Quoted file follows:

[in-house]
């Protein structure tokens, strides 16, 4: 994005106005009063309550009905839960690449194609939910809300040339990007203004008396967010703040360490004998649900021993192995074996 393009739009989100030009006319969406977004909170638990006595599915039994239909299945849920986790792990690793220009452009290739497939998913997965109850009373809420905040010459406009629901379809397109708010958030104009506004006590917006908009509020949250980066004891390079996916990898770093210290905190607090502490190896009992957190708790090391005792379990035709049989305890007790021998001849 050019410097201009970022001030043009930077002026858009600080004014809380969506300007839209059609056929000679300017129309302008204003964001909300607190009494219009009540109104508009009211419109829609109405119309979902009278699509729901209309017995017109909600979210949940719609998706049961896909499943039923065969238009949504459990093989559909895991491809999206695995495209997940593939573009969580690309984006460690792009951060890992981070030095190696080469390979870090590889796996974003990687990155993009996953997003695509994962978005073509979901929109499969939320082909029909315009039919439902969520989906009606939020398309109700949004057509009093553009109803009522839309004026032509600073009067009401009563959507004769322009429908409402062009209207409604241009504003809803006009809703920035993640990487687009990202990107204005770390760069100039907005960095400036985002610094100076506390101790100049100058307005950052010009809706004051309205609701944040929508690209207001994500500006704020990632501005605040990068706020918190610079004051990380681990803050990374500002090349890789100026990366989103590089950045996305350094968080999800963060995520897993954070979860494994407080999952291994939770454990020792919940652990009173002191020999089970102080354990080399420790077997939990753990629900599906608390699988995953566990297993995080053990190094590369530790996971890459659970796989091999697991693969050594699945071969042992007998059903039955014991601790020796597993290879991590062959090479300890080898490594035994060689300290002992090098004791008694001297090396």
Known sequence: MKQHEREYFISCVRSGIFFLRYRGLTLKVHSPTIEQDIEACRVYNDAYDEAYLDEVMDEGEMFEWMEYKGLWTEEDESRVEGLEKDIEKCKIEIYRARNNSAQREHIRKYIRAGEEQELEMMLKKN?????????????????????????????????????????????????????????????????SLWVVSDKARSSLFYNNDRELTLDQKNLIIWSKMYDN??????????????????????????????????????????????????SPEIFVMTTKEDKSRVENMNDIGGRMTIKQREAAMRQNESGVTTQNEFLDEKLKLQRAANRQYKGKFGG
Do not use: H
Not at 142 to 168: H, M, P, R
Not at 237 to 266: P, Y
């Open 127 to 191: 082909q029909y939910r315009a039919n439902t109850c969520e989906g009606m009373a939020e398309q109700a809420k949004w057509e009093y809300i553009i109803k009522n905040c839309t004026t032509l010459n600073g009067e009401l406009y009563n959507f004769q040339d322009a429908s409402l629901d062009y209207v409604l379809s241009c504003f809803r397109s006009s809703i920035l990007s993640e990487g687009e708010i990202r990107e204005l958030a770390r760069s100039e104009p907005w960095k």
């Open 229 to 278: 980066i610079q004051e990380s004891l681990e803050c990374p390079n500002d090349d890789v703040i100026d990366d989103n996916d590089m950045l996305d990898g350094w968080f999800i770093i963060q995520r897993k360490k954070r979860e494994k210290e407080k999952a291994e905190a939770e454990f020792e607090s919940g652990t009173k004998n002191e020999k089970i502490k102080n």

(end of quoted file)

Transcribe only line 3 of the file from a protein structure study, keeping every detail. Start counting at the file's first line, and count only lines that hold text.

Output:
Known sequence: MKQHEREYFISCVRSGIFFLRYRGLTLKVHSPTIEQDIEACRVYNDAYDEAYLDEVMDEGEMFEWMEYKGLWTEEDESRVEGLEKDIEKCKIEIYRARNNSAQREHIRKYIRAGEEQELEMMLKKN?????????????????????????????????????????????????????????????????SLWVVSDKARSSLFYNNDRELTLDQKNLIIWSKMYDN??????????????????????????????????????????????????SPEIFVMTTKEDKSRVENMNDIGGRMTIKQREAAMRQNESGVTTQNEFLDEKLKLQRAANRQYKGKFGG